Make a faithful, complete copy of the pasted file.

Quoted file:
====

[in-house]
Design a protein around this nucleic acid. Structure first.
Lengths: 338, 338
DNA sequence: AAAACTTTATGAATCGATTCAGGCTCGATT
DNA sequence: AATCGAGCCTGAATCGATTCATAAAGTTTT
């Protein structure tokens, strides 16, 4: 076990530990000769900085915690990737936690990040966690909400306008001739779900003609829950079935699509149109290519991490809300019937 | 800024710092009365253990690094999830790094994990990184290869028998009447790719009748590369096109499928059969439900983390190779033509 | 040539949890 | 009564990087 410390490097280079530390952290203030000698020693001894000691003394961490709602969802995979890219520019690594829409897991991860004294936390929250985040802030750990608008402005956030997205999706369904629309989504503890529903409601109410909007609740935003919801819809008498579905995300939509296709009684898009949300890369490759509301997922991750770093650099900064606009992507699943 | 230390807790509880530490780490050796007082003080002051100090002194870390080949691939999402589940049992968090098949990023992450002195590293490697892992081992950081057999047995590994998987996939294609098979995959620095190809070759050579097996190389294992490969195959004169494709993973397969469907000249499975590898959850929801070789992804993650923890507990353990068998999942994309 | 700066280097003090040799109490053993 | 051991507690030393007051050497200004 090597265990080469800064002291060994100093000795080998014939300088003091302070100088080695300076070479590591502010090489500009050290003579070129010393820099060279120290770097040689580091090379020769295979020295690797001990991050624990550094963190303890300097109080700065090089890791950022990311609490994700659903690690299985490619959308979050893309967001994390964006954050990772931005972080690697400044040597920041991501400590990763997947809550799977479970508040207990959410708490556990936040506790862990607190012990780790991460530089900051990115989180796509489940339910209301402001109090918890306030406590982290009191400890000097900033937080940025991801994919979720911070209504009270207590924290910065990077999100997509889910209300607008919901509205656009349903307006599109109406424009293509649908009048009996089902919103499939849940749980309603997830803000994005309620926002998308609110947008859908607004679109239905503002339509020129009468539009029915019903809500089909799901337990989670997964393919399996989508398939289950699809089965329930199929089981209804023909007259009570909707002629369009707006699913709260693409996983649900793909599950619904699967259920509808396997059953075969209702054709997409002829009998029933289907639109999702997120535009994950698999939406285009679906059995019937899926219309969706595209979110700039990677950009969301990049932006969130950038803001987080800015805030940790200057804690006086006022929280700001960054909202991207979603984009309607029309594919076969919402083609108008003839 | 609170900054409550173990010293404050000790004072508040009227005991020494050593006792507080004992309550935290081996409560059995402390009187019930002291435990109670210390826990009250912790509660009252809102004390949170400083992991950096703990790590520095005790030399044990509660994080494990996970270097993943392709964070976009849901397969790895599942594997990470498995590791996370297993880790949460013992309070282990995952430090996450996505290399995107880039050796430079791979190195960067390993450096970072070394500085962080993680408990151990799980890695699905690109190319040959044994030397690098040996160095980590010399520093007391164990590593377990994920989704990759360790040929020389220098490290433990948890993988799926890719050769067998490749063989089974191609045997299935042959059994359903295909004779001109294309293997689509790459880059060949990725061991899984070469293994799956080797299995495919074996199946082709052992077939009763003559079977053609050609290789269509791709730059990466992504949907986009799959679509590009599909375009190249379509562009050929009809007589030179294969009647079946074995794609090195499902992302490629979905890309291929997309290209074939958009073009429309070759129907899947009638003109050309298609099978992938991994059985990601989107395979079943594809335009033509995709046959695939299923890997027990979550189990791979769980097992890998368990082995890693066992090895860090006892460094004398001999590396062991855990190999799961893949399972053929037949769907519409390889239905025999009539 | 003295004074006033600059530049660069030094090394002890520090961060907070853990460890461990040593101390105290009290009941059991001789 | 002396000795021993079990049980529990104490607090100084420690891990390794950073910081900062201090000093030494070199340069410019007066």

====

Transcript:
[in-house]
Design a protein around this nucleic acid. Structure first.
Lengths: 338, 338
DNA sequence: AAAACTTTATGAATCGATTCAGGCTCGATT
DNA sequence: AATCGAGCCTGAATCGATTCATAAAGTTTT
């Protein structure tokens, strides 16, 4: 076990530990000769900085915690990737936690990040966690909400306008001739779900003609829950079935699509149109290519991490809300019937 | 800024710092009365253990690094999830790094994990990184290869028998009447790719009748590369096109499928059969439900983390190779033509 | 040539949890 | 009564990087 410390490097280079530390952290203030000698020693001894000691003394961490709602969802995979890219520019690594829409897991991860004294936390929250985040802030750990608008402005956030997205999706369904629309989504503890529903409601109410909007609740935003919801819809008498579905995300939509296709009684898009949300890369490759509301997922991750770093650099900064606009992507699943 | 230390807790509880530490780490050796007082003080002051100090002194870390080949691939999402589940049992968090098949990023992450002195590293490697892992081992950081057999047995590994998987996939294609098979995959620095190809070759050579097996190389294992490969195959004169494709993973397969469907000249499975590898959850929801070789992804993650923890507990353990068998999942994309 | 700066280097003090040799109490053993 | 051991507690030393007051050497200004 090597265990080469800064002291060994100093000795080998014939300088003091302070100088080695300076070479590591502010090489500009050290003579070129010393820099060279120290770097040689580091090379020769295979020295690797001990991050624990550094963190303890300097109080700065090089890791950022990311609490994700659903690690299985490619959308979050893309967001994390964006954050990772931005972080690697400044040597920041991501400590990763997947809550799977479970508040207990959410708490556990936040506790862990607190012990780790991460530089900051990115989180796509489940339910209301402001109090918890306030406590982290009191400890000097900033937080940025991801994919979720911070209504009270207590924290910065990077999100997509889910209300607008919901509205656009349903307006599109109406424009293509649908009048009996089902919103499939849940749980309603997830803000994005309620926002998308609110947008859908607004679109239905503002339509020129009468539009029915019903809500089909799901337990989670997964393919399996989508398939289950699809089965329930199929089981209804023909007259009570909707002629369009707006699913709260693409996983649900793909599950619904699967259920509808396997059953075969209702054709997409002829009998029933289907639109999702997120535009994950698999939406285009679906059995019937899926219309969706595209979110700039990677950009969301990049932006969130950038803001987080800015805030940790200057804690006086006022929280700001960054909202991207979603984009309607029309594919076969919402083609108008003839 | 609170900054409550173990010293404050000790004072508040009227005991020494050593006792507080004992309550935290081996409560059995402390009187019930002291435990109670210390826990009250912790509660009252809102004390949170400083992991950096703990790590520095005790030399044990509660994080494990996970270097993943392709964070976009849901397969790895599942594997990470498995590791996370297993880790949460013992309070282990995952430090996450996505290399995107880039050796430079791979190195960067390993450096970072070394500085962080993680408990151990799980890695699905690109190319040959044994030397690098040996160095980590010399520093007391164990590593377990994920989704990759360790040929020389220098490290433990948890993988799926890719050769067998490749063989089974191609045997299935042959059994359903295909004779001109294309293997689509790459880059060949990725061991899984070469293994799956080797299995495919074996199946082709052992077939009763003559079977053609050609290789269509791709730059990466992504949907986009799959679509590009599909375009190249379509562009050929009809007589030179294969009647079946074995794609090195499902992302490629979905890309291929997309290209074939958009073009429309070759129907899947009638003109050309298609099978992938991994059985990601989107395979079943594809335009033509995709046959695939299923890997027990979550189990791979769980097992890998368990082995890693066992090895860090006892460094004398001999590396062991855990190999799961893949399972053929037949769907519409390889239905025999009539 | 003295004074006033600059530049660069030094090394002890520090961060907070853990460890461990040593101390105290009290009941059991001789 | 002396000795021993079990049980529990104490607090100084420690891990390794950073910081900062201090000093030494070199340069410019007066």